The disadvantages faced my myself and my family are largely a result of being Palestinian, a people expelled from their homeland by force, leading, for most, to great misery and suffering. I was born in Jordan to two parents who were both Palestinian refugees. Fortunately, we were able to immigrate to the US in 2000. Because it is our homeland, I feel a deep connection to Palestine, especially Jerusalem and Gazañ I still have lots of family there. I day-dream every day of going to Palestine as a dentist and treating those who have little-to-no access to dental care. My own disadvantaged status is the driving force behind my dream of returning to Palestine as a missionary dentist.
My father was born just one year before the creation of the state of Israel in 1948 and barely survived the ensuing Arab-Israeli War of that year. His father, my grandfather, was a police officer who was killed by the Israeli occupying force when my dad was 11 years old. Thus, overnight, my father found himself the primary wage earner for the entire family, at 11, helping to support his 4 younger siblings along with his mother. By the time that my father reached young adulthood, he was finally forced to flee Palestine for Jordan and live as a refugee as a result of the Six Day War in 1967. My father wanted very much to become a doctor but could not afford medical school in Jordan, ending up studying Economics in Lebanon.
My family was very fortunate to be able to immigrate to the USA in 2000. My parents left everything they had built in Jordan to come to the United States – thinking about the future education of their 5 children. Nevertheless, living in the USA was a great struggle for us for many years, for economic reasons. My father worked menial jobs at first and was then able to start up his own gas station which, however, failed - money was always tight. My father has been a great inspiration to me because he always struggled to provide us with economic stability and even went on to earn his Bachelor’s Degree in Business Administration at the age of 65. My siblings and I have also struggled, along with my mother, supporting each other as a team.
I sometimes reflect on the difficult times that I went through and it drives me forward to persevere: the day I got my first job as a bus boy and felt tempted to eat the food left on the plate by the customers, working at a go-cart track to scrape together the extra money that I needed for school supplies. What money I was able to pull in helped with household bills, especially groceries. I remember looking around at my classmates in the rather affluent school that I attended, who had so much given to them, and I hoped that one day my children would enjoy similar comforts. I hope and pray that through my own hard work and dedication to my career, my children will not have to grow up as I did, constantly worrying about money and working much of the time when they should be studying or learning something of value.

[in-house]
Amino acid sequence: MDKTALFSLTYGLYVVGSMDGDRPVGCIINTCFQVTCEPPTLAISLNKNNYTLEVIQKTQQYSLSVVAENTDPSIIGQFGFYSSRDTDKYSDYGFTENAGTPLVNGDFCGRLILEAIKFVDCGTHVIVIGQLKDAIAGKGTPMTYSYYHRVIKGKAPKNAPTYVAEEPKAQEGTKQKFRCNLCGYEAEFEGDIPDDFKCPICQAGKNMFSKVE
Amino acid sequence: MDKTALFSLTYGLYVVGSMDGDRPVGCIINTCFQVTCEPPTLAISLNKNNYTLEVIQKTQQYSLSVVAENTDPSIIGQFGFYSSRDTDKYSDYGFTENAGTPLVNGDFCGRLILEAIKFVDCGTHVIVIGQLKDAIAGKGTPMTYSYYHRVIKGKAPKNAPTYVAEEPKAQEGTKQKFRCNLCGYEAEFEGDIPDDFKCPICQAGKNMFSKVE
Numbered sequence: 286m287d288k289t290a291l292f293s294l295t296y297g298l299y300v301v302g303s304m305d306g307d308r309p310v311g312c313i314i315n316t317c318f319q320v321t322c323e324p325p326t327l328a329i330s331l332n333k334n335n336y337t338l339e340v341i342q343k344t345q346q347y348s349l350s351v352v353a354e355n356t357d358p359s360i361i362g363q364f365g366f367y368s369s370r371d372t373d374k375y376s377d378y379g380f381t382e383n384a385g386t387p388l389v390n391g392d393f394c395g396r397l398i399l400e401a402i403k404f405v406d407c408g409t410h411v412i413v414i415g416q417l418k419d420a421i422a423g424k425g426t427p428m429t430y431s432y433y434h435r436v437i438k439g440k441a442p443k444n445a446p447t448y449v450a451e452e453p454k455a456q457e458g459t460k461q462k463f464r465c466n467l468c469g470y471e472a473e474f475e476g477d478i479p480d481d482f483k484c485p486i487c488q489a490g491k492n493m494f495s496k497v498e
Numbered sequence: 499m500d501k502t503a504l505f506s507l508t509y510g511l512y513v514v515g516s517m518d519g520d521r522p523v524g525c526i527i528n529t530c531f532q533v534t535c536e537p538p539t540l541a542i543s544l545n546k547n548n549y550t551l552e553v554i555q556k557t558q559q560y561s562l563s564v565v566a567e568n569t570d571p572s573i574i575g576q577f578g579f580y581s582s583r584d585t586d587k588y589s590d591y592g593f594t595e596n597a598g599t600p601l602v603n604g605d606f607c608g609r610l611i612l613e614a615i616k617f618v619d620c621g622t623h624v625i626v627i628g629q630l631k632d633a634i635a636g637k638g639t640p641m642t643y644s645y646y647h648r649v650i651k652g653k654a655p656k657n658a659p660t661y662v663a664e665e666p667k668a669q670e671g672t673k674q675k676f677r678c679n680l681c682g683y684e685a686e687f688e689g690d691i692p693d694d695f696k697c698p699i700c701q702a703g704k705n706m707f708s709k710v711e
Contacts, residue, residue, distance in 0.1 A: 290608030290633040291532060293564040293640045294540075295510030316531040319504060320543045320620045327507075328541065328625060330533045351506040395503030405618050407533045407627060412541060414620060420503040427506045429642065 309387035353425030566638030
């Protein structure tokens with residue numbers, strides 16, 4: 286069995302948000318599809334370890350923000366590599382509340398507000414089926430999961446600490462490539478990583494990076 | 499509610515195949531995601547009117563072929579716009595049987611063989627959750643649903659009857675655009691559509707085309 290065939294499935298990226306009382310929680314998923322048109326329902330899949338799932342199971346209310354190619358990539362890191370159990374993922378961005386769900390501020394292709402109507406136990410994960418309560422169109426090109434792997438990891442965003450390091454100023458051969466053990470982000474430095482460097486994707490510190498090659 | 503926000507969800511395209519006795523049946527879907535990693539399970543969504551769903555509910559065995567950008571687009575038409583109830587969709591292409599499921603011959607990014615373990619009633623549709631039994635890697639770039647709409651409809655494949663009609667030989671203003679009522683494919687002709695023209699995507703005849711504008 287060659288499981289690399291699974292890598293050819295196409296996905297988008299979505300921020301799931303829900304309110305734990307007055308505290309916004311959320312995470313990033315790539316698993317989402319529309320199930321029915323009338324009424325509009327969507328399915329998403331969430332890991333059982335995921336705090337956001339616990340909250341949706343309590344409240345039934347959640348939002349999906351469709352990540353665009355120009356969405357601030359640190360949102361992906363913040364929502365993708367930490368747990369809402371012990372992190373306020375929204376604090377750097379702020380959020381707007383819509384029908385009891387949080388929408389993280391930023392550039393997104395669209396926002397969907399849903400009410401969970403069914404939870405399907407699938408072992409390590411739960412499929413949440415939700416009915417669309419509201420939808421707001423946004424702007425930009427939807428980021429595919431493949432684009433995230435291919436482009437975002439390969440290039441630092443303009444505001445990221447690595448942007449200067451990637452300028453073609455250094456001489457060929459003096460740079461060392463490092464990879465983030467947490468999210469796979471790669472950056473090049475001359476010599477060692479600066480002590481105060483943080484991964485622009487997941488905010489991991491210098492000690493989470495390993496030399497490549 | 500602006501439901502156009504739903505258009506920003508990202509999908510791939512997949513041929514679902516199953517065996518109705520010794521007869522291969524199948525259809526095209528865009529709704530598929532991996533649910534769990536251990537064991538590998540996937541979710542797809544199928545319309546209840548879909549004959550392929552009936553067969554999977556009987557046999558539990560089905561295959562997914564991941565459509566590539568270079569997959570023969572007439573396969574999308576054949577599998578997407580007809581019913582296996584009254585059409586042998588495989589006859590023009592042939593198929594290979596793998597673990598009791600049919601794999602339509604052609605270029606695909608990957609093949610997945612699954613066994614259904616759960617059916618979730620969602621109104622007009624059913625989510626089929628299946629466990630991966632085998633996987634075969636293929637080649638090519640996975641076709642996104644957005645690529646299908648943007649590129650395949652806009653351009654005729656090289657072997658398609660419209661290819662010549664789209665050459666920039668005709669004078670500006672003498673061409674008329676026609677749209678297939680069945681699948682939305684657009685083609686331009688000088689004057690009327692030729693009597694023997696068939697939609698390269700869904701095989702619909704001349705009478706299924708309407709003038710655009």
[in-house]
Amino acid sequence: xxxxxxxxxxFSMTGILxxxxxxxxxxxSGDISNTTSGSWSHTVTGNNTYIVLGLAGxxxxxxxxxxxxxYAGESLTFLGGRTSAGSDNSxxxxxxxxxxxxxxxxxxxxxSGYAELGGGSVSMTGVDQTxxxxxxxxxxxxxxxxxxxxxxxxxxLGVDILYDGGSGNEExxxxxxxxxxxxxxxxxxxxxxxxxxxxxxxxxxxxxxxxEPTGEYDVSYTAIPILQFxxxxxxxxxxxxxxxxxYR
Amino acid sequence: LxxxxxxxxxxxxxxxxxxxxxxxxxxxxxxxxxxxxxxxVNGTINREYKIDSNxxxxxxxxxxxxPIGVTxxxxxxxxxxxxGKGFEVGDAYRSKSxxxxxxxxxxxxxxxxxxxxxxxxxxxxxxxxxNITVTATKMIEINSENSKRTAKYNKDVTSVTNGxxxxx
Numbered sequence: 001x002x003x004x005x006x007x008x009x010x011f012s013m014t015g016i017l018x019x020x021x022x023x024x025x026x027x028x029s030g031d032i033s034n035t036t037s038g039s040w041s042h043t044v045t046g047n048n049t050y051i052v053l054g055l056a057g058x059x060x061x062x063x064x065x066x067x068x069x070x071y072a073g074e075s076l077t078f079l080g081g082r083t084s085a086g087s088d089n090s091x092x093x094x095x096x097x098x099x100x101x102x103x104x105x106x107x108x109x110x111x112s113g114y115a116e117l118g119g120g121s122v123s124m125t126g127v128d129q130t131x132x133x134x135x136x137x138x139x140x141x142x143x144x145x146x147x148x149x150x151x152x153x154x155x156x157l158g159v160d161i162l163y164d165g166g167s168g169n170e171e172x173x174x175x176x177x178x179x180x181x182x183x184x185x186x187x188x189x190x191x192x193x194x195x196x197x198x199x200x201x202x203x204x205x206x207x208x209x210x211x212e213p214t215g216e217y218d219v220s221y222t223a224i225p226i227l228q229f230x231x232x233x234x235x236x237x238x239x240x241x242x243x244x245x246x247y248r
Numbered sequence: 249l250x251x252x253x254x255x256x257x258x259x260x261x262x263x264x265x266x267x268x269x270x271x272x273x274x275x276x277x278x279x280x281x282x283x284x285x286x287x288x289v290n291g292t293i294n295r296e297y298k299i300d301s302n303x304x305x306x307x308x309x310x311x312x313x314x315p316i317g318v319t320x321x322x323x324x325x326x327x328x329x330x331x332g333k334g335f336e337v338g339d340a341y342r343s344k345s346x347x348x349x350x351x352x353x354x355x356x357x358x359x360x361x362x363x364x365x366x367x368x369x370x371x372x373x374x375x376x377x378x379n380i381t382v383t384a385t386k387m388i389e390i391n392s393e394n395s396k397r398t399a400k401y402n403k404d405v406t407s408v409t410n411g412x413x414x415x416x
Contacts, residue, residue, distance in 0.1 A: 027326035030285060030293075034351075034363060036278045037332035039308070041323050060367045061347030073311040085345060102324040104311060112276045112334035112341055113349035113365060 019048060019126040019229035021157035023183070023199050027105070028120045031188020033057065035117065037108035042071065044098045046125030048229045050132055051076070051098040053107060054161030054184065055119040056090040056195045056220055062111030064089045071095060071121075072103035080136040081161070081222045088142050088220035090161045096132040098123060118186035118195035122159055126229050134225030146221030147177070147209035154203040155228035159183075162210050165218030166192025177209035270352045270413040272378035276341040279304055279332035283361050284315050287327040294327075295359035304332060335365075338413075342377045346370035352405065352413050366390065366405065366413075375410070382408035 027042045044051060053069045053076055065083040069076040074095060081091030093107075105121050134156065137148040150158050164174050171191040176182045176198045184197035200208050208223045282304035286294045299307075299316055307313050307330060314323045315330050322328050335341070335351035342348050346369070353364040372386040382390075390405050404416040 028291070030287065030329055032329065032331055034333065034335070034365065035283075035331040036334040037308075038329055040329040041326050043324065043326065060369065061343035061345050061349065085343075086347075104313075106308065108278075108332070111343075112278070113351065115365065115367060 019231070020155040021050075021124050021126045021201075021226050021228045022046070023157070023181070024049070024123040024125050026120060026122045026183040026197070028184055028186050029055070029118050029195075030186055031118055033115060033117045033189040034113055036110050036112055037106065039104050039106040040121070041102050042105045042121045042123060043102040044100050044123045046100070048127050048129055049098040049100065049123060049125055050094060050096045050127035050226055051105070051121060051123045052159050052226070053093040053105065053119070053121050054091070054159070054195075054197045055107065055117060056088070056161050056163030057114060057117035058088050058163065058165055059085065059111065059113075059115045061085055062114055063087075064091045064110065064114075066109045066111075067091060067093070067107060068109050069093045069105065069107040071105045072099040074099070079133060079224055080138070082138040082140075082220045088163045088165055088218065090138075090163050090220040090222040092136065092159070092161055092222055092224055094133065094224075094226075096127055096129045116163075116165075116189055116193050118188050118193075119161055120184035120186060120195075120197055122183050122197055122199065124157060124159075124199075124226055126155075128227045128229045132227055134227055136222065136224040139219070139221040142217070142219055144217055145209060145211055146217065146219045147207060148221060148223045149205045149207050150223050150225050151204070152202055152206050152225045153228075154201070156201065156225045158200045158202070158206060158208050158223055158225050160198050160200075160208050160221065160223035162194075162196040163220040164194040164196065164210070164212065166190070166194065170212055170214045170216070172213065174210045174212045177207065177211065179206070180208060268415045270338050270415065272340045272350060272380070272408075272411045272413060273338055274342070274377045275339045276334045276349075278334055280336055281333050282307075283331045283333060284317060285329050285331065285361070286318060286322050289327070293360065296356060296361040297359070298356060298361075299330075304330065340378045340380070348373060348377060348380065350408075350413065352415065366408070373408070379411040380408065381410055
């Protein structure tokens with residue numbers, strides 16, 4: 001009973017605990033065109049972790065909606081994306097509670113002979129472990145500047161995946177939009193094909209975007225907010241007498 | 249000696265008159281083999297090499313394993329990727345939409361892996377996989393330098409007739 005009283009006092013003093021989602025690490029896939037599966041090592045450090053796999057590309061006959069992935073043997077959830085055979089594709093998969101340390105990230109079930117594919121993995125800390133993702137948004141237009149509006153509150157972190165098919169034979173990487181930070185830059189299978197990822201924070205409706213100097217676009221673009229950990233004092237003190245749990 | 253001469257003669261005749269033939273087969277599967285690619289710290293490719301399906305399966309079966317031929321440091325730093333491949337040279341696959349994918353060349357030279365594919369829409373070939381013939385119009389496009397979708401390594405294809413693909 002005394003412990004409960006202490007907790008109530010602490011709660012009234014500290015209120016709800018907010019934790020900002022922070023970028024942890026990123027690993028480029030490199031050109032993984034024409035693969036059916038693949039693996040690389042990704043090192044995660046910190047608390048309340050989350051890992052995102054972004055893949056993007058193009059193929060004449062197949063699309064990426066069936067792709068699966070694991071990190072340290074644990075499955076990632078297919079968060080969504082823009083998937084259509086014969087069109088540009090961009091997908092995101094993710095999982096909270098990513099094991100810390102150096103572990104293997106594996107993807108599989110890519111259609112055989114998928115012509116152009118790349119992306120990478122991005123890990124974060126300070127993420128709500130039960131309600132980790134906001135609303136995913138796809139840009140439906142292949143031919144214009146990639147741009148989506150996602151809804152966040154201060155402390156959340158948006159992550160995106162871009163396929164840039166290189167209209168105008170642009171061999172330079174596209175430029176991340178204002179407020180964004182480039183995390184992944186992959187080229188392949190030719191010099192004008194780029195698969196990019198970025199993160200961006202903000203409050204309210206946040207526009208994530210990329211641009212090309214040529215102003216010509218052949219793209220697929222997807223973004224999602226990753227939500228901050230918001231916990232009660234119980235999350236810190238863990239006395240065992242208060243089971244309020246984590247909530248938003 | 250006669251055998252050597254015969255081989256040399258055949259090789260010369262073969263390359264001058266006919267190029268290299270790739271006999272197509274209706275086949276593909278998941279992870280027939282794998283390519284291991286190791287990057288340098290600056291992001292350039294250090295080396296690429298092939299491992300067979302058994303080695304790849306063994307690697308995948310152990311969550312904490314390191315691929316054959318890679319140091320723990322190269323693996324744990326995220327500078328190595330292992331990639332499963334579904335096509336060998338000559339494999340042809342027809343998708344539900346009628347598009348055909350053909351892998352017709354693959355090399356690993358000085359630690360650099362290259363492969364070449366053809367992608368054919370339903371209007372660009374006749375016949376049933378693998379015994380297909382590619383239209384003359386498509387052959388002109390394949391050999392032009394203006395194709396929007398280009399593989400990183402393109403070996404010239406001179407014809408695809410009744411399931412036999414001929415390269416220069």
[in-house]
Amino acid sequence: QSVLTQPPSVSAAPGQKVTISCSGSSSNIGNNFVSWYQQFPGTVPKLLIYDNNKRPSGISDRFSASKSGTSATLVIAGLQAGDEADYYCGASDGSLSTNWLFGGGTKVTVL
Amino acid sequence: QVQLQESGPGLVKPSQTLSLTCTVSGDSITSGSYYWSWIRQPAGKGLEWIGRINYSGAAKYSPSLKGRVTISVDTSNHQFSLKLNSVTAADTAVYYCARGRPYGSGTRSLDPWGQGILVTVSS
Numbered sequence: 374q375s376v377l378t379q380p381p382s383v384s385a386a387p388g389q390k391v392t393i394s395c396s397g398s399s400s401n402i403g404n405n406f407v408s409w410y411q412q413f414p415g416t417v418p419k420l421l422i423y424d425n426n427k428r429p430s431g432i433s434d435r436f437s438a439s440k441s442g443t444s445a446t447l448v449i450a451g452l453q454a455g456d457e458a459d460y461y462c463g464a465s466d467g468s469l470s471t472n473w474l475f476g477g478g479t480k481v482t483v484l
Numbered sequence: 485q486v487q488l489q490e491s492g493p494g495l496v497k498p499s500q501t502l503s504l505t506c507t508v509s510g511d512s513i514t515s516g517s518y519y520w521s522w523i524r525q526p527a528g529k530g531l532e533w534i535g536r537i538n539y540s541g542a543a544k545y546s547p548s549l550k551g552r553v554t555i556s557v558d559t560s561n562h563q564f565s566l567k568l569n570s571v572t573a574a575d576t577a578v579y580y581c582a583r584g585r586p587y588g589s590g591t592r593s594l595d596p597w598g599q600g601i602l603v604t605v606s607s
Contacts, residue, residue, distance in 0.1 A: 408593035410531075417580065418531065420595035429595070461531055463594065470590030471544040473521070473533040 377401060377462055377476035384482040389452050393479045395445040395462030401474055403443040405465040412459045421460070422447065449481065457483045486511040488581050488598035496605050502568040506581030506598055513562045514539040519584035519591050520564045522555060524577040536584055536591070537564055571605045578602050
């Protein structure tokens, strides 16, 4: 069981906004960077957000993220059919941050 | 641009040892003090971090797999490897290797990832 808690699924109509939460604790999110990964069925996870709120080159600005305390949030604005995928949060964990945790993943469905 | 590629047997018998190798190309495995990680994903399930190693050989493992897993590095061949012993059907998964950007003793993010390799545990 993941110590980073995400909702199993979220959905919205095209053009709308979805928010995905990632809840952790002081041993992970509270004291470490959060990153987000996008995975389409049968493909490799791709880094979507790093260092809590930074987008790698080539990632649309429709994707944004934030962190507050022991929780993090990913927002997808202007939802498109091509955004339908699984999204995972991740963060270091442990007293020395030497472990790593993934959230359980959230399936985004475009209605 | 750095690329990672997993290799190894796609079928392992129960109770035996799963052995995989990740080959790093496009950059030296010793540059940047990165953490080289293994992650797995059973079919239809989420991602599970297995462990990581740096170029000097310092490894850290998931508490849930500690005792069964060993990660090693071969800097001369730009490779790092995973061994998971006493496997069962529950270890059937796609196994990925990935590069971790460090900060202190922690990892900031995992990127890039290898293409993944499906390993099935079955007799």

I have volunteered numerous hours to help with the MTI mobile dental clinics that serve the underprivileged communities in our area, IMPACT XXU. I have taught teens with special needs and have engaged in these efforts to help the underserved in preparation for a lifetime of doing so, because this is what provides me with the greatest sense of satisfaction.
I hope to someday return to Palestine as a missionary dentist for long periods of time, teaching dentistry and helping with sustainable efforts to achieve access to dental care for even the poorest of Palestinians, a mammoth task in such a broken and devastated land which is under a blockade and regularly bombed from the air every several years, making the rebuilding of the country most difficult. It is this idea that makes me the most proud, of who I am, as an individual, as a Palestinian-American, and most of all, as the dentist that I hope so very much to become.
Being granted Disadvantaged Student Status for Dental School will enable me to complete the program and excel; and, at the same time, devote as much time as possible to helping the underserved and preparing for a lifetime of priority assistance to the underserved, while still in dental school and beyond. Nothing will bring me as much satisfaction in the future as helping refugees who made their way to the USA as we did, especially those fleeing war zones in the Middle East with whom I share a mother tongue, Arabic.